On policing, Calone distances himself from WFP backers
In his video campaign ads for Suffolk County executive, Dave Calone is highlighting his past as a federal prosecutor and his tough-on-crime attitude as much as his experience as a successful businessman. What the Democrat is not touting is his endorsement by New York’s Working Families Party. In recent elections with notable success, the GOP has hammered suburban Democrats by pointing to calls by the WFP to defund the police, end cash bail, and other public safety measures that don’t involve police and going to jail.
Plenty of other Long Island Democrats also have accepted the WFP endorsement, giving them an additional line on the ballot. But Calone’s WFP endorsement is significant because he would be leading one of the nation’s largest police departments, with more than 2,000 sworn officers, one that has been wracked by controversy in recent years.
Calone’s camp says he isn’t shying away from his overall WFP backing, just not echoing the same message when it comes to the police and crime measures. Campaign manager Shane Wolfe says it is “one issue where Dave and the Working Families Party disagree.”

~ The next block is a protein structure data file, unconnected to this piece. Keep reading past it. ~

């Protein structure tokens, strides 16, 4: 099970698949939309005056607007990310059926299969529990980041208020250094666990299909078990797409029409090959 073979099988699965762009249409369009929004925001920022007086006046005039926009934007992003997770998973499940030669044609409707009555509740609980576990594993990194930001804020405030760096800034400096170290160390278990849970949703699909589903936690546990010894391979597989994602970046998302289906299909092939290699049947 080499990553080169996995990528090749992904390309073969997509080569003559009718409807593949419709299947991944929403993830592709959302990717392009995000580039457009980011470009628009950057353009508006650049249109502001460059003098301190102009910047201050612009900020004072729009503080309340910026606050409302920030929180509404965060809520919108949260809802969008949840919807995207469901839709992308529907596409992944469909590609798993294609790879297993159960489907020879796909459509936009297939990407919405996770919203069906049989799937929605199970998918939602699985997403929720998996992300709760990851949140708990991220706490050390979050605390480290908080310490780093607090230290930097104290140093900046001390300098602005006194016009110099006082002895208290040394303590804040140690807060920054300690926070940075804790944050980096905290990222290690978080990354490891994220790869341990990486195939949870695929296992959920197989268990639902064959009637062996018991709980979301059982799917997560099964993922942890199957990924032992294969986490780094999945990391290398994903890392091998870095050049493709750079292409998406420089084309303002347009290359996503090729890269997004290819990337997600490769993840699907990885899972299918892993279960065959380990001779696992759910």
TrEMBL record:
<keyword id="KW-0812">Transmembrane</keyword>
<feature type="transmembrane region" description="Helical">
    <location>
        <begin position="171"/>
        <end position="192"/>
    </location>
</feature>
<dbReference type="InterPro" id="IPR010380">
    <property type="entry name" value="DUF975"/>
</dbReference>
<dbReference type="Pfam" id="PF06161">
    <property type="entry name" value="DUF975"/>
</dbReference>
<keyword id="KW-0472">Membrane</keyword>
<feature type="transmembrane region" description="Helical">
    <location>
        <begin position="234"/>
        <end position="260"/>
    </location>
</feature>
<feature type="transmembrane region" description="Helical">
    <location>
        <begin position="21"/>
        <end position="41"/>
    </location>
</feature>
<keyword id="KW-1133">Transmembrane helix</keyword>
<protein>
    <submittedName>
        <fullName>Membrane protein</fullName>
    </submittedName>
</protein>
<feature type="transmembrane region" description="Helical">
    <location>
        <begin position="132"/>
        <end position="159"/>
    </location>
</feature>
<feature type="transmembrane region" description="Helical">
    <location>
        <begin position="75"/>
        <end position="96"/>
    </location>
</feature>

Calone’s video ads on cable television and the internet portray him as a crimebuster who would bring his prosecutorial chops to the Hauppauge executive suite.
“No wonder there’s too much crime and not enough good-paying jobs,” says one Calone ad, which says he “helped prosecute an Al-Qaeda terrorist and put criminals behind bars.” In it, Calone looks directly at the camera and says, “I’ve even called out my own party when they haven’t kept us safe.”
But his Republican critics say Calone is being hypocritical.
Calone’s Republican opponent, Brookhaven Town Supervisor Ed Romaine, has the endorsement of the Suffolk police unions and is planning to make crime a big issue. One of Romaine’s video ads already attacks Calone for his position on public safety, said Romaine campaign manager Brendan Sweeney.
Suffolk GOP chair Jesse Garcia, who is overseeing Romaine’s campaign strategy, points to the WFP endorsement questionnaire as a sign of their “radical” positions. One question on it asks: Will you advocate for eliminating cash bail and instituting supportive pretrial systems and services in your community — so that fewer legally innocent people are forced to suffer pretrial incarceration?